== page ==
Art in Print
An odyssey through space oddities
Into the Unknown: A Journey through Science Fiction is opening at the Barbican tomorrow and will run through until the 1st of September. The exhibition puts on display art, installations, film, design as well as games, literature and comic books which aim to enlighten fans of the genre as well as those who are less knowledgeable on alternate universes and warp speed.
The curation takes a thematic look at the history of a pervasive cultural genre which was once considered nerdish and niche. Patrick Gyger, the curator of the exhibition has said that the importance of science fiction “is that it conjures up other images for the future and other directions for the world to take”. Amongst the works going on display are original sketches and manuscripts by 19th century author Jules Verne, drawings by James Gurney for his Dinotopia series, more than 200 books from around the world and scores of space-themed comic books.
Via The Times
Carrie Fisher’s and Debbie Reynolds’ Hollywood memorabilia to be auctioned
Hollywood memorabilia such as a pair of Wizard of Oz slippers, a life-size C-3PO, and a dress from Singin’ in the Rain are amongst 1,500 other items which will go to auction in September. They had previously belonged to movie legends Debbie Reynolds and Carrie Fisher. Fisher sadly passed away on the 27th of December 2016 after suffering a cardiac arrest and Reynolds died a day later.
Both ladies were avid collectors with Reynolds spending decades acquiring items from some of the best known Hollywood films, including the famous white dress Marilyn Monroe wore in The Seven Year Itch. In 1995, Reynolds even opened up a museum for her collection in Las Vegas, but it ran into financial difficulty and closed.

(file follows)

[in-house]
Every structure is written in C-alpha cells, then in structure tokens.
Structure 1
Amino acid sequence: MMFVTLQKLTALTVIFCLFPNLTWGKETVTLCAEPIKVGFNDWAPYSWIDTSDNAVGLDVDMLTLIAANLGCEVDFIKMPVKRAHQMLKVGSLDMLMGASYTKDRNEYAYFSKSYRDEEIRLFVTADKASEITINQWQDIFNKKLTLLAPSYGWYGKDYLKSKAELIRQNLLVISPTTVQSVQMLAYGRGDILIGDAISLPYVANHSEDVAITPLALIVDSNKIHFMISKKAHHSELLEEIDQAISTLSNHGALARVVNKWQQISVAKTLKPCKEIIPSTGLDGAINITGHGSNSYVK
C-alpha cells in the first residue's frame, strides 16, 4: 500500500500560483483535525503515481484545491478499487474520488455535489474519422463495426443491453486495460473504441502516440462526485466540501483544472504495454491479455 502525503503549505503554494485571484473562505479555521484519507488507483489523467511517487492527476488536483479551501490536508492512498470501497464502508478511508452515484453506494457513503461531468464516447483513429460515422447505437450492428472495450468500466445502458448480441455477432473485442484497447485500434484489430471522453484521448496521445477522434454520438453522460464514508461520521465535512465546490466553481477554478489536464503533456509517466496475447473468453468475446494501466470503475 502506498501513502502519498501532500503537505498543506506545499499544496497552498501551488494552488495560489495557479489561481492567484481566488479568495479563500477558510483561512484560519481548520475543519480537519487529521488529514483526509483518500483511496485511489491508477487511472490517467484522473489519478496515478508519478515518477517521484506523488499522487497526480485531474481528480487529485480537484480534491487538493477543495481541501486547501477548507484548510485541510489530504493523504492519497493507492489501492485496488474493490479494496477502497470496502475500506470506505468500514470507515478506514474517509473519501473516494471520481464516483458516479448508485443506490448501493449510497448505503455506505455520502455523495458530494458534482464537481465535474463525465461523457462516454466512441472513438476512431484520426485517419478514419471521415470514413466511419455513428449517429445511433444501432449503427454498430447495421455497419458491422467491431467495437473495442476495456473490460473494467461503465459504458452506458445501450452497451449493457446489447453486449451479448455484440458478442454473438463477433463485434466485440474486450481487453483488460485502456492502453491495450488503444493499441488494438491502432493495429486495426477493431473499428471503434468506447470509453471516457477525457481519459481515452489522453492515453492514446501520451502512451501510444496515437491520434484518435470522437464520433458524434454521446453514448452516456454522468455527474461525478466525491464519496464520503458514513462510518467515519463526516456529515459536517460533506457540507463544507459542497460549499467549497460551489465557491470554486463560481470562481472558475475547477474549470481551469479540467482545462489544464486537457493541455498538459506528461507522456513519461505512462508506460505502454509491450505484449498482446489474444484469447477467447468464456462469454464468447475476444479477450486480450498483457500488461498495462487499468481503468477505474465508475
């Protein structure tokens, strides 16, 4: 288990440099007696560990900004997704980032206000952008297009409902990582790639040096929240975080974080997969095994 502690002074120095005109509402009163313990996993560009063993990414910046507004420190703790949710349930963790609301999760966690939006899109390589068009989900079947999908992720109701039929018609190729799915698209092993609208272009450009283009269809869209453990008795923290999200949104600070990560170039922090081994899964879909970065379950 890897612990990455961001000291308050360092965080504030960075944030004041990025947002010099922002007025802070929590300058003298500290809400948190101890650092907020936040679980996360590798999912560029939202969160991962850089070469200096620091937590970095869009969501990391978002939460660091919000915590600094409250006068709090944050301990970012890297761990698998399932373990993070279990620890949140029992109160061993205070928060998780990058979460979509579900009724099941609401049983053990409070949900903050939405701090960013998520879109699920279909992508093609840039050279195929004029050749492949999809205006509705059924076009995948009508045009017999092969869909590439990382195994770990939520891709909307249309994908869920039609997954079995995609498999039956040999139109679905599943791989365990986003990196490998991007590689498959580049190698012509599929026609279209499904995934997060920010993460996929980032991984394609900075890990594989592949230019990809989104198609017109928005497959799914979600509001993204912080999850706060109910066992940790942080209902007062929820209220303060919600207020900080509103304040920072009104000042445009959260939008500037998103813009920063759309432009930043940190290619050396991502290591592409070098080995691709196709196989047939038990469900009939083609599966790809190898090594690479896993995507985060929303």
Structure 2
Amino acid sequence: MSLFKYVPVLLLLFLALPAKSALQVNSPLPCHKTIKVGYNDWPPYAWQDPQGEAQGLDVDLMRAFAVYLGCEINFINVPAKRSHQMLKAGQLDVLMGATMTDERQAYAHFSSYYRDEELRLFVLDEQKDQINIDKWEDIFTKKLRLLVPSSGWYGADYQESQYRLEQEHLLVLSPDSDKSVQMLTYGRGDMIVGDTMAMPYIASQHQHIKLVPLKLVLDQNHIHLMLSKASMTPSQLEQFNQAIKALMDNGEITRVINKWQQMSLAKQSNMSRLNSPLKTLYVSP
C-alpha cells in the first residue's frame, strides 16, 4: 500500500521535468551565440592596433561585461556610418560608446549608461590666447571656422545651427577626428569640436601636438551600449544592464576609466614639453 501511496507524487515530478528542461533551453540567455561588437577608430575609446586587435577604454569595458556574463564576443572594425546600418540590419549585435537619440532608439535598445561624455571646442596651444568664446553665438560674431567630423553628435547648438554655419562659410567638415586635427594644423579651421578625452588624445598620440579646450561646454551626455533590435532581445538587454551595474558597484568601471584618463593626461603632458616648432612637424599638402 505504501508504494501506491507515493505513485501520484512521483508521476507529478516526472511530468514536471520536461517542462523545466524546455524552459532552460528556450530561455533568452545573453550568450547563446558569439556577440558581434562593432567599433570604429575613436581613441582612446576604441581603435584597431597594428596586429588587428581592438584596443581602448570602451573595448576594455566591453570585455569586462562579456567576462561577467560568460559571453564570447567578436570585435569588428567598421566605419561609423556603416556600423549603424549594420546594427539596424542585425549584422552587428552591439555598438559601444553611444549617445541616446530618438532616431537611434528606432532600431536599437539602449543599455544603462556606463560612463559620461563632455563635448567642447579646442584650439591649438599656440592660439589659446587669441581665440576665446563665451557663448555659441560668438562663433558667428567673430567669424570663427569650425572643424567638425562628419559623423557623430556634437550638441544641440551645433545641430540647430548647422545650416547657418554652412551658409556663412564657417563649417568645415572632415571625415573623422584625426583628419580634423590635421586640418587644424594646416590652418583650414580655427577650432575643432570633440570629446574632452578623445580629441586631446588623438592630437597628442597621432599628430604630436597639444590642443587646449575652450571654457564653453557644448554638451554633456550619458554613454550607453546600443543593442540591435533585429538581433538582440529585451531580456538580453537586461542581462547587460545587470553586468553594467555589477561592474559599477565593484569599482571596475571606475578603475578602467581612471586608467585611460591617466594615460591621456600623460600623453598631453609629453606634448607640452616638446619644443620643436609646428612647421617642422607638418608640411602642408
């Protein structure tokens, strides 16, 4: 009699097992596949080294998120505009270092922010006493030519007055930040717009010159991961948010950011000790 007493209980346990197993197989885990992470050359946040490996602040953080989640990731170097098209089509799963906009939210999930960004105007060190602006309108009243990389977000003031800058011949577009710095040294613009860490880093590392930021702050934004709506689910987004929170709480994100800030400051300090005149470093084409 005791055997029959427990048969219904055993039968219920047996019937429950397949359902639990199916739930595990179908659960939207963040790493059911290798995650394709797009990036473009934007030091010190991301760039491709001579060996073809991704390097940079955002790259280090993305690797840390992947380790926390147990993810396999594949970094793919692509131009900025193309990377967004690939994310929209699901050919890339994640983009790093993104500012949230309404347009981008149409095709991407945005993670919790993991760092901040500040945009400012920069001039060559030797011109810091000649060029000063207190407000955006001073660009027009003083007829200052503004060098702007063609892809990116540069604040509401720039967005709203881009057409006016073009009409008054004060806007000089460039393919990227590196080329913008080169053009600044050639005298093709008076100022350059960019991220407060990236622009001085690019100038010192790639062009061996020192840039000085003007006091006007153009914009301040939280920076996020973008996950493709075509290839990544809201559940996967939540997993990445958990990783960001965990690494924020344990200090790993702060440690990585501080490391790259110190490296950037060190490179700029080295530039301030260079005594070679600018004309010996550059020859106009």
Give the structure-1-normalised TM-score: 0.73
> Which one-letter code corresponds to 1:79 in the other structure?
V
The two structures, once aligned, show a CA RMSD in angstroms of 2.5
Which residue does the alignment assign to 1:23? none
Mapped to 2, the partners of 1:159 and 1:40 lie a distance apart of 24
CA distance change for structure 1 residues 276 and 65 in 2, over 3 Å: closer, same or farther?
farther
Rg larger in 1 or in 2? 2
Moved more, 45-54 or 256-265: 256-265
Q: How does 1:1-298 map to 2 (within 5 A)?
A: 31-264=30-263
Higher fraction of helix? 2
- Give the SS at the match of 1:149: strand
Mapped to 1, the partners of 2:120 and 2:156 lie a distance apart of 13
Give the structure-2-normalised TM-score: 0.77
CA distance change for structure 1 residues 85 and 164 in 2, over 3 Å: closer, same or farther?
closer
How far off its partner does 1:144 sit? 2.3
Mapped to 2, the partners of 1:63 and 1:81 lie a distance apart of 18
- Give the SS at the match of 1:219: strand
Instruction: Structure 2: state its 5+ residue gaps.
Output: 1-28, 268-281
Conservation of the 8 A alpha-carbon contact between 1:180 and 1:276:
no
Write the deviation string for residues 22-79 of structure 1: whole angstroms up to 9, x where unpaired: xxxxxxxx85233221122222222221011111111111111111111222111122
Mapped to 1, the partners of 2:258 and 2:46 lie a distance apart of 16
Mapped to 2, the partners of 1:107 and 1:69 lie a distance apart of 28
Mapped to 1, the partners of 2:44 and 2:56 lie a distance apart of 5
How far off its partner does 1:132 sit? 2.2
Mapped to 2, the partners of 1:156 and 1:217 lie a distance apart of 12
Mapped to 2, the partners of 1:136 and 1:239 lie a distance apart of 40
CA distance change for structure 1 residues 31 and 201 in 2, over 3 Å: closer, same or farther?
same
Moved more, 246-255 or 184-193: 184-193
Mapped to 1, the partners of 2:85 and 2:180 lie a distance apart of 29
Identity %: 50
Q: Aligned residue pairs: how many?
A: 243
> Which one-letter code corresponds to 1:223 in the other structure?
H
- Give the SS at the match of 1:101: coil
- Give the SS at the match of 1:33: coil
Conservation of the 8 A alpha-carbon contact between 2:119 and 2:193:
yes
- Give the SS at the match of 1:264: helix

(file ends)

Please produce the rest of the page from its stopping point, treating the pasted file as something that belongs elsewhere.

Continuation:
Via The Guardian
Hidden Away for 28 Years, Tiananmen Protest Pictures See Light of Day
Tiananmen protest pictures have surfaced after being hidden for almost 28 years. The black and white photographs of the protest movement that erupted at Tiananmen Square in Beijing in the Spring of 1989 were taken by David Chen. Chen was a 25 year old student at Dalian Maritime College in China at the time that students occupied the square to demand democracy and an end to graft.
Mr. Chen took a camera with him to the protests and decided to document his 10 day stay. When he returned to college, he developed his photographs and glued them onto pieces of cardboard, which he and a few other students held up to drum support and donations for the protests.
A week after Mr. Chen left Tiananmen Square, armed troops seized central Beijing in a night of bloodshed and hundreds of civilians died. After almost three decades David Chen has said “Twenty-eight years have passed, the world should know what happened”.
Via The New York Times